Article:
As a native Clinton Countian, the Rudduck family has been a part of the community since at least 1815. I attended both Wilmington High School and Clinton Massie, graduating in 1999. After graduating from Miami University in 2003, I spent the next three years in Williamsburg, Virginia, graduating from the historic William & Mary Law school in 2006. Offered a job in Chicago related to the legal and financial arenas, I spent the next few years in Illinois before realizing there is no place like home.
Upon returning to my home county and then passing the Ohio bar exam, Bill Peelle, a close family friend, offered me a position with his law firm, where I learned firsthand what makes a great lawyer. But Bill was the county prosecutor, so I could not engage in criminal law defense work. As I wanted to engage in that type of practice, I decided to open my law practice. As a defense attorney, I saw the importance of having a Judge like my mentor, Mike Daugherty, on the bench. And then, as Village solicitor for Clarksville, New Vienna, Port William, Martinsville, and the elected law director for the city of Wilmington ultimately responsible for the prosecution of a case, I understand the need for wise decisions as a prosecutor in determining when to negotiate and when to prosecute to the fullest extent possible. It has been suggested that not only me but another candidate’s “last name” is the “sole qualification” we have for the difficult job we are seeking. After reading this biography, I hope you see how utterly ridiculous that claim, which has never been retracted, was.
Maybe you know, my father has been a judge for a few years. Ignoring that I have learned much about the law and being a judge from him would be bowing to the claim that my last name is my “sole qualification” for the position. People may not know that another former Common Pleas Judge, Luther Swaim, was born to Laura Rudduck. I never met Judge Swaim, but I respect the job my father has done.
As a person of faith who recognizes his imperfections and has been forgiven, my philosophy, not only judicially but for life, is to not judge a person by their looks, skin color, faith, wealth, etc., and even their demeanor. All judicial candidates will say they will be guided by our constitutions in interpreting the law, as will I. But I also pledge to hear all sides of the story before making decisions. I will not be afraid to make rulings in favor of defendants when the facts and law dictate; I will not be afraid to offend other branches of government in rendering decisions; and I will fulfill the primary purposes of sentencing to punish offenders, to protect the public, and to do so most efficiently and economically possible. It costs approximately $80 per day to house an inmate in the Clinton County jail. I will not hesitate to impose jail terms when necessary. But I realize we cannot incarcerate our way out of the multiple societal problems facing Clinton County and the entire country. I recognize sentencing offenders is the most difficult and potentially controversial acts a judge performs. No one size fits all philosophy should be applied. But I pledge not to be swayed by public pressure of the moment to apply a one size fits all philosophy. I will apply consistent, fair, firm sanctions and mercy principles when mercy is needed.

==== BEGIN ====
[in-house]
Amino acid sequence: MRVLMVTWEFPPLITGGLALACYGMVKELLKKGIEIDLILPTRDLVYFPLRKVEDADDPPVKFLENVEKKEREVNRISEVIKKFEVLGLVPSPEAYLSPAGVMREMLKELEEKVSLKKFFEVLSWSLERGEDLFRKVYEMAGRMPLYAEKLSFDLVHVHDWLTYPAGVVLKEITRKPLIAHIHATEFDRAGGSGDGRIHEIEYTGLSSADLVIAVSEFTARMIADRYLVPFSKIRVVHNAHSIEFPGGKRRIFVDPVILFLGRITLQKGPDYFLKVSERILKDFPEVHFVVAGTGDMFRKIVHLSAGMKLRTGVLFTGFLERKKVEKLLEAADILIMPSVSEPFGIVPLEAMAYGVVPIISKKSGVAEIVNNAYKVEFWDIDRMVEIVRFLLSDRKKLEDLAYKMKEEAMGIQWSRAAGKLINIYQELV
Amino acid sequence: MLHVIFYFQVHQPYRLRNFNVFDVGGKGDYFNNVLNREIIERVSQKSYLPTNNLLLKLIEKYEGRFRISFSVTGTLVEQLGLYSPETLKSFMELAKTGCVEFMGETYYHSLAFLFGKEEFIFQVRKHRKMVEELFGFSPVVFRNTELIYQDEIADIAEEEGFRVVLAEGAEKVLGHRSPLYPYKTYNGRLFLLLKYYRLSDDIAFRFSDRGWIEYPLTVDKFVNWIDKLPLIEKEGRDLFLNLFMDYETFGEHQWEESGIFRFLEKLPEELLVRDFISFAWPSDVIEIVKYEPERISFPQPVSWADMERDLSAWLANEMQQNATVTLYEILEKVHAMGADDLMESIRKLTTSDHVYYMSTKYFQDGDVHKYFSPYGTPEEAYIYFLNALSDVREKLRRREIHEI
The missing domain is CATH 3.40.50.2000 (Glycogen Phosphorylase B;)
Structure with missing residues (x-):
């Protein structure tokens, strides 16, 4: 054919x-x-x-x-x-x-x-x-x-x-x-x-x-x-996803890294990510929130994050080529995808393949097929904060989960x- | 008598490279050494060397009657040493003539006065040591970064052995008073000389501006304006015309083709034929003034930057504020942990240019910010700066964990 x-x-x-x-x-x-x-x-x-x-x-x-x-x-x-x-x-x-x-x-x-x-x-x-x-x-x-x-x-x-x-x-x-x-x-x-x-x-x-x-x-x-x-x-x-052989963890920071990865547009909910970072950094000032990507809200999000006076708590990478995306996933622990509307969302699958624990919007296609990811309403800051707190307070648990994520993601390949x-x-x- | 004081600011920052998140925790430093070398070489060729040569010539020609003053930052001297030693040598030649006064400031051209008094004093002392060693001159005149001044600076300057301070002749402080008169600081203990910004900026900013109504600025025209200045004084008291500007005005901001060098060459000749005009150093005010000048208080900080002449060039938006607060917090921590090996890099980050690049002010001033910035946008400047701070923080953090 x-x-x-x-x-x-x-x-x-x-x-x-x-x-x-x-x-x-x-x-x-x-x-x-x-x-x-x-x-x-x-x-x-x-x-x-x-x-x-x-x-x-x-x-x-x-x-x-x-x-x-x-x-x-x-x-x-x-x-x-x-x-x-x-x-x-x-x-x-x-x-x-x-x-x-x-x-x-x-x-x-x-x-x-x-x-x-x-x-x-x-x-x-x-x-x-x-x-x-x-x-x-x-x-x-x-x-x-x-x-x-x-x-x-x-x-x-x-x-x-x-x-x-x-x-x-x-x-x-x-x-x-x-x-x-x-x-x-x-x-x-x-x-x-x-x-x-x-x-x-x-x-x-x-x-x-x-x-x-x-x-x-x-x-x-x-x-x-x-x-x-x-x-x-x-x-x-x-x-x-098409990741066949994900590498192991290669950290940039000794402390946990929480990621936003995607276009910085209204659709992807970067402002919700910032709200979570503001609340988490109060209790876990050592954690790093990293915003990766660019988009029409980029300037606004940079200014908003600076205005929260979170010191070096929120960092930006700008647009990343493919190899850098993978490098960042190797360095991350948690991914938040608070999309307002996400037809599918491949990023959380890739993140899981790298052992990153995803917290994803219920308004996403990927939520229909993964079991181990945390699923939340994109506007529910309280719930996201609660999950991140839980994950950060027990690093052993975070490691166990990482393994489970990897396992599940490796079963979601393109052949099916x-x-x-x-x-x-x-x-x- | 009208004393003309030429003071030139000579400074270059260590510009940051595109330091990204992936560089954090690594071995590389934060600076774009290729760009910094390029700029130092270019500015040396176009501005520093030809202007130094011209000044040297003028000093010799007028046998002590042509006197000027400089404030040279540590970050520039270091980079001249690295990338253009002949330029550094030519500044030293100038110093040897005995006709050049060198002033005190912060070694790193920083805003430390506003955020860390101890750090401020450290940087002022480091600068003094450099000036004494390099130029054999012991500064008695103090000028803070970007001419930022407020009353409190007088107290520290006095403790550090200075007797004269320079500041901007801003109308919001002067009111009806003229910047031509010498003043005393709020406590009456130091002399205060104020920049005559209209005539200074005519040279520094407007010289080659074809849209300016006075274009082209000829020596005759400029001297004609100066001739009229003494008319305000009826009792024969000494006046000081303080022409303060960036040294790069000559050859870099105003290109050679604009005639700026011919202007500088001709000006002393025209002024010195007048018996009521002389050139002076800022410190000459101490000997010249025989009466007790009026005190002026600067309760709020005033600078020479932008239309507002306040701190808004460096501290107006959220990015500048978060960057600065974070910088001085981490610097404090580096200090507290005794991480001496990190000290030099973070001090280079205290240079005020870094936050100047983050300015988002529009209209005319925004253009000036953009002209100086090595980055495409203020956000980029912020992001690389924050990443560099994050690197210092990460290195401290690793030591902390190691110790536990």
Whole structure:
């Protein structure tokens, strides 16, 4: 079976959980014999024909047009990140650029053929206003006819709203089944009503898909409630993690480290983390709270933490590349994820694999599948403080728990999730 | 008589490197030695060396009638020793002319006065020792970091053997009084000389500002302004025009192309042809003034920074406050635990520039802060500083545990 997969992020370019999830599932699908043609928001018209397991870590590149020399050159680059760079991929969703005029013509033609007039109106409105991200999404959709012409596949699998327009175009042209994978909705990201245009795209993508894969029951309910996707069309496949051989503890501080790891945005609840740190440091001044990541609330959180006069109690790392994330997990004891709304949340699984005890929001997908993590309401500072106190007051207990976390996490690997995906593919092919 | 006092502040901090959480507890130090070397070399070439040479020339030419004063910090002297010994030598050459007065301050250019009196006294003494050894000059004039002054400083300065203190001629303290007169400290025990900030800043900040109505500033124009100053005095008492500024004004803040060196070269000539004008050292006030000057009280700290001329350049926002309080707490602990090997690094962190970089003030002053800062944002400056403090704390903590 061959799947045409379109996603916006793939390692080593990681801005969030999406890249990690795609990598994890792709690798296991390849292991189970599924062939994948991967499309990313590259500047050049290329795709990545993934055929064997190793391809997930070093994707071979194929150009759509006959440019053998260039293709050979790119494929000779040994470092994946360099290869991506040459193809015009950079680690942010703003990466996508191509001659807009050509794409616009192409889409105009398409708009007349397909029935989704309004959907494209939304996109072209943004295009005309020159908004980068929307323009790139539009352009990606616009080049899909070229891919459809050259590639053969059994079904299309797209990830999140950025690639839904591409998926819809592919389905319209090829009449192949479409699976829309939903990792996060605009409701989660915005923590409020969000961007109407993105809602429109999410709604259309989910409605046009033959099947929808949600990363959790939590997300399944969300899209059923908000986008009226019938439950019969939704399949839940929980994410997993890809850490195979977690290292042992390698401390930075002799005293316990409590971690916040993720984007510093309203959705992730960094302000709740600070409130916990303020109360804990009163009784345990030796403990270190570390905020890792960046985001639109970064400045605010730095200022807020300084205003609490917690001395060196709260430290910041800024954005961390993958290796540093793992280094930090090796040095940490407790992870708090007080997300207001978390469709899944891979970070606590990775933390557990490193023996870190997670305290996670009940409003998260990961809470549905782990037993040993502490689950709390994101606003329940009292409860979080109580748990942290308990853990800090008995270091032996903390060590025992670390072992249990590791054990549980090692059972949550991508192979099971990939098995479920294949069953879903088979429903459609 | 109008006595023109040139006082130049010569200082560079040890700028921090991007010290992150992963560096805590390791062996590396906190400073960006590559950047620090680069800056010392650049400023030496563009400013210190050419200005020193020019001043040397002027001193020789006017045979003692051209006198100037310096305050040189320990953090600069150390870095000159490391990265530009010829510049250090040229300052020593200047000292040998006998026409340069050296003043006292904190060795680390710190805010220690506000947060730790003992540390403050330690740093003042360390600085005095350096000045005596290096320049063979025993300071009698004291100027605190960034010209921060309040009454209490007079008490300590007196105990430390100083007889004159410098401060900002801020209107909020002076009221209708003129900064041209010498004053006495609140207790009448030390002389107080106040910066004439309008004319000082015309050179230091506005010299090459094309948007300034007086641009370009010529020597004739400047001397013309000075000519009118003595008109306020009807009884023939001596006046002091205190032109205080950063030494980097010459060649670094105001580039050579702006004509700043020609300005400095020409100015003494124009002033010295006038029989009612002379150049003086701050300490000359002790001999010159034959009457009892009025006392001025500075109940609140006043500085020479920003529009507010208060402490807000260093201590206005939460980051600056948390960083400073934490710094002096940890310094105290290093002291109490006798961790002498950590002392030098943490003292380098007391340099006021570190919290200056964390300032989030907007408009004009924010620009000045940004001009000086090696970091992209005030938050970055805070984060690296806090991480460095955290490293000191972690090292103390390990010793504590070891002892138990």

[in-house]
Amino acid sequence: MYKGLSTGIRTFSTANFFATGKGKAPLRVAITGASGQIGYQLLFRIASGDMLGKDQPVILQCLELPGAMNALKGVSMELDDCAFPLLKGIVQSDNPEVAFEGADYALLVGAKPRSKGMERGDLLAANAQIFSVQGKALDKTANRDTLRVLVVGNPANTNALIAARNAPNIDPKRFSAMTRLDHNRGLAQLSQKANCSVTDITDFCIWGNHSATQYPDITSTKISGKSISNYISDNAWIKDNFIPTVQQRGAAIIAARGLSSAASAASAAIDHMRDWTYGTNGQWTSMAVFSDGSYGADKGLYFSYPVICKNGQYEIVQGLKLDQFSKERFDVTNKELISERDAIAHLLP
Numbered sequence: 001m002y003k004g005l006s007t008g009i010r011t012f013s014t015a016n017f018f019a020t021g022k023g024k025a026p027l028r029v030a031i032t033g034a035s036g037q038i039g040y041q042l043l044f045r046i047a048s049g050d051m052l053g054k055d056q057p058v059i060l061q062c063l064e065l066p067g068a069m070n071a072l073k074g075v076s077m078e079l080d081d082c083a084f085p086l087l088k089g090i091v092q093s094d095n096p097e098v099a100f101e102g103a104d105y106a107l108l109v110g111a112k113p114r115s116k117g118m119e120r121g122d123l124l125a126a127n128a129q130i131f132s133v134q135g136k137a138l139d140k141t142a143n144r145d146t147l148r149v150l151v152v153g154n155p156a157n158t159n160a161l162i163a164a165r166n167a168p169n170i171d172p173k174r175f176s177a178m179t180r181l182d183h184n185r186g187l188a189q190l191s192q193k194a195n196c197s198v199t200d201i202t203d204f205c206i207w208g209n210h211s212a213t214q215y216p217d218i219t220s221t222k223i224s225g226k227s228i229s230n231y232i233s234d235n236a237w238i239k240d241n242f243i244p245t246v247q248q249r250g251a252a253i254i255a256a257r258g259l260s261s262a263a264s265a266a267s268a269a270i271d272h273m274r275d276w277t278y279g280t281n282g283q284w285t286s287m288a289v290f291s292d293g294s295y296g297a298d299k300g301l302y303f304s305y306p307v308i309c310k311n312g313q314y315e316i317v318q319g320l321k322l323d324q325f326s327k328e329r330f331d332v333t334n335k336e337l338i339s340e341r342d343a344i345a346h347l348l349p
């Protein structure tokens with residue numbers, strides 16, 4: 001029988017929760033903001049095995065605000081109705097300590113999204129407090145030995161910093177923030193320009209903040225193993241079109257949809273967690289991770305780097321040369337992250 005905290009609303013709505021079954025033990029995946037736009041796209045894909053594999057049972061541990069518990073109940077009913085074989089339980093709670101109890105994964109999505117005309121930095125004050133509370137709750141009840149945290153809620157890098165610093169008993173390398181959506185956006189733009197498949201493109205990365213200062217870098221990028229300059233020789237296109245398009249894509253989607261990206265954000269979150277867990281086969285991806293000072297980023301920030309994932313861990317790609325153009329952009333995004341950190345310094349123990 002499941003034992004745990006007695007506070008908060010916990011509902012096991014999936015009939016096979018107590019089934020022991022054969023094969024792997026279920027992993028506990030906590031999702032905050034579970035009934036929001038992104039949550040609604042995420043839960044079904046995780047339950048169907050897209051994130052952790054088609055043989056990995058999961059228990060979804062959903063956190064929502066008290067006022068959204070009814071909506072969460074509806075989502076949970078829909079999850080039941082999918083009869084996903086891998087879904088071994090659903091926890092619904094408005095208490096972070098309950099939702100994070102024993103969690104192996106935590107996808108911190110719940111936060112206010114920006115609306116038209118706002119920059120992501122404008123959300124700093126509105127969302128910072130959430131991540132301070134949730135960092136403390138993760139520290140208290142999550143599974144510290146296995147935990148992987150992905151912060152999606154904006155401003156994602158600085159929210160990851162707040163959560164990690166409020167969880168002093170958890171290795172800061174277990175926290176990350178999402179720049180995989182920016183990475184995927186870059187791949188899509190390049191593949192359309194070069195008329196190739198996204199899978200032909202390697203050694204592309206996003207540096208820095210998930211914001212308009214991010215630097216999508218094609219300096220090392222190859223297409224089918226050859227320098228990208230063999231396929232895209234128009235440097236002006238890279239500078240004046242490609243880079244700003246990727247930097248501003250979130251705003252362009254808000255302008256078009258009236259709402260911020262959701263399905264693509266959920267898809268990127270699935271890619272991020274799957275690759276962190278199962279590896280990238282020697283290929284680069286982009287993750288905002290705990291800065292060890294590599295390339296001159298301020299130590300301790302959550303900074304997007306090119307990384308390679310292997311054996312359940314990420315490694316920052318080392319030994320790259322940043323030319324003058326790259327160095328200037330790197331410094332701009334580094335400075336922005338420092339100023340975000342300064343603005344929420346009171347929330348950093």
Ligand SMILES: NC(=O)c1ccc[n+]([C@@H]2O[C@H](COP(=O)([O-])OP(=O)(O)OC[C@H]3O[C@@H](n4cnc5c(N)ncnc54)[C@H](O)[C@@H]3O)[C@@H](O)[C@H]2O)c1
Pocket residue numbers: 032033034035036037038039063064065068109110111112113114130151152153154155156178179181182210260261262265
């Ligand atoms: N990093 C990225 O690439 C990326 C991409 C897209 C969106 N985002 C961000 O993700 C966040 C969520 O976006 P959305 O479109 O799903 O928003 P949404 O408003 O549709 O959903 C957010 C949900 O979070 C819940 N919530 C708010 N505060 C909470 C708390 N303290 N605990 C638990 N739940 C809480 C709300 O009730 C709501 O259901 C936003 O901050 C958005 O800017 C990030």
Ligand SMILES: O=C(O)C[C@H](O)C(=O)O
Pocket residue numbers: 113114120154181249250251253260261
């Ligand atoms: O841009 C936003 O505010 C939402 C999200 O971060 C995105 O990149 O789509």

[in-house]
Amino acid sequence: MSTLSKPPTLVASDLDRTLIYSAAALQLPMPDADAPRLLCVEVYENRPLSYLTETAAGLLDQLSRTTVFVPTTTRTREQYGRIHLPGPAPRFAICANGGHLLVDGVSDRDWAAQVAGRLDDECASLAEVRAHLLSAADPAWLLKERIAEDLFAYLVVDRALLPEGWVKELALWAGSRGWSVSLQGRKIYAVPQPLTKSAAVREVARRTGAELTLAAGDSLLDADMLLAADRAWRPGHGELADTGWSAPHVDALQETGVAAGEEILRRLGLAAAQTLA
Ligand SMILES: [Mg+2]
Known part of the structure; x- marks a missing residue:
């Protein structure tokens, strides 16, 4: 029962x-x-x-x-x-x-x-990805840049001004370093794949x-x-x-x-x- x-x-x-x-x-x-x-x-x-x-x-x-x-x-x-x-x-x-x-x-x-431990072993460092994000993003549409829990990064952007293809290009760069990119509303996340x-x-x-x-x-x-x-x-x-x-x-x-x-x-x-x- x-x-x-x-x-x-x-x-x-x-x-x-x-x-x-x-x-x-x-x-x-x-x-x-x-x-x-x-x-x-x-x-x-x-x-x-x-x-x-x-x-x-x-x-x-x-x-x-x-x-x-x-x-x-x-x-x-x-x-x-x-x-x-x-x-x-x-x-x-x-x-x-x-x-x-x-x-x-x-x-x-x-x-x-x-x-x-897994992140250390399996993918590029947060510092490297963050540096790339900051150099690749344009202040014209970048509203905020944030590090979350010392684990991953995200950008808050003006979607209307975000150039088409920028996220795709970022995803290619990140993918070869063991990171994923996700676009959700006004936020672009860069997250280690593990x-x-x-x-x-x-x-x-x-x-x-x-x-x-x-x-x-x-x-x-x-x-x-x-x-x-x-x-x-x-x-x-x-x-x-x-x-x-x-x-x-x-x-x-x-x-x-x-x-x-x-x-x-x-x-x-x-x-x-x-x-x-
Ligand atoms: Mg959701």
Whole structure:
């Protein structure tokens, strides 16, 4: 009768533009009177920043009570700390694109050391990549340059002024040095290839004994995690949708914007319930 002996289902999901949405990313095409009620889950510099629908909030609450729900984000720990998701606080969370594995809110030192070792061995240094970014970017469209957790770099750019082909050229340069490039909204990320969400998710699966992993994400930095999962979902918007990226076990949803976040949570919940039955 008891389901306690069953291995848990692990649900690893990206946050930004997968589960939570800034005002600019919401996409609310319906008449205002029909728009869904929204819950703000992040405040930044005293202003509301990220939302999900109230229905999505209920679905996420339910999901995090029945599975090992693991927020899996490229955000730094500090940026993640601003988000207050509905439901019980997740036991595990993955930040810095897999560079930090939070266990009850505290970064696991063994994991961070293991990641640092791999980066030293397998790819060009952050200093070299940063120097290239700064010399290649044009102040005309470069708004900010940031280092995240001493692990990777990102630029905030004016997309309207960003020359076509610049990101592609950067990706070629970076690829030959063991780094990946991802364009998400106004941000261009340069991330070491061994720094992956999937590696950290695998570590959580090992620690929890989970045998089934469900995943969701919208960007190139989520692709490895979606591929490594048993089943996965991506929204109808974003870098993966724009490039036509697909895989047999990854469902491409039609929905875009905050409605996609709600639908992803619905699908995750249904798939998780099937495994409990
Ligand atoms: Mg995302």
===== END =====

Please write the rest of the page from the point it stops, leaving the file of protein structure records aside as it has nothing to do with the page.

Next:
Balancing being a judge and an elected official I infer from this question that some may question whether a judicial decision I make would be made with political considerations as a factor. I am dismayed that questions like this even have to be asked. But I understand why it has become an issue, given the insulting way judicial candidates are treated nationally. Judges are judges twenty-four hours a day. I will not isolate myself from my community. That is not who I am. I will recuse myself from cases in which my impartiality may be called into question as the facts require. But as my answer to my judicial philosophy reveals, I will not make decisions or pledge to make decisions to get a vote. Many will disagree with the decisions I make; I respect their right to do so. The Court of Appeals stands ready to tell me when I err.
Why should voters vote for you?
I believe all three candidates are qualified to be the judge. I hired one candidate as assistant law director; my father hired an extremely qualified candidate as his magistrate. However, I believe I am uniquely in touch with the entire county, not beholden to any constituency, and creative enough to develop innovative programming to bring the entire county together to tackle our most pressing issues.
I invite you to contact me personally if you have any questions or concerns about why I am the best choice for Municipal Court Judge. My commitment to serving our county is unparalleled, and I am accessible to discuss how my experience and innovative ideas are exactly what we need for a better Clinton County. I humbly ask for your vote on May 2.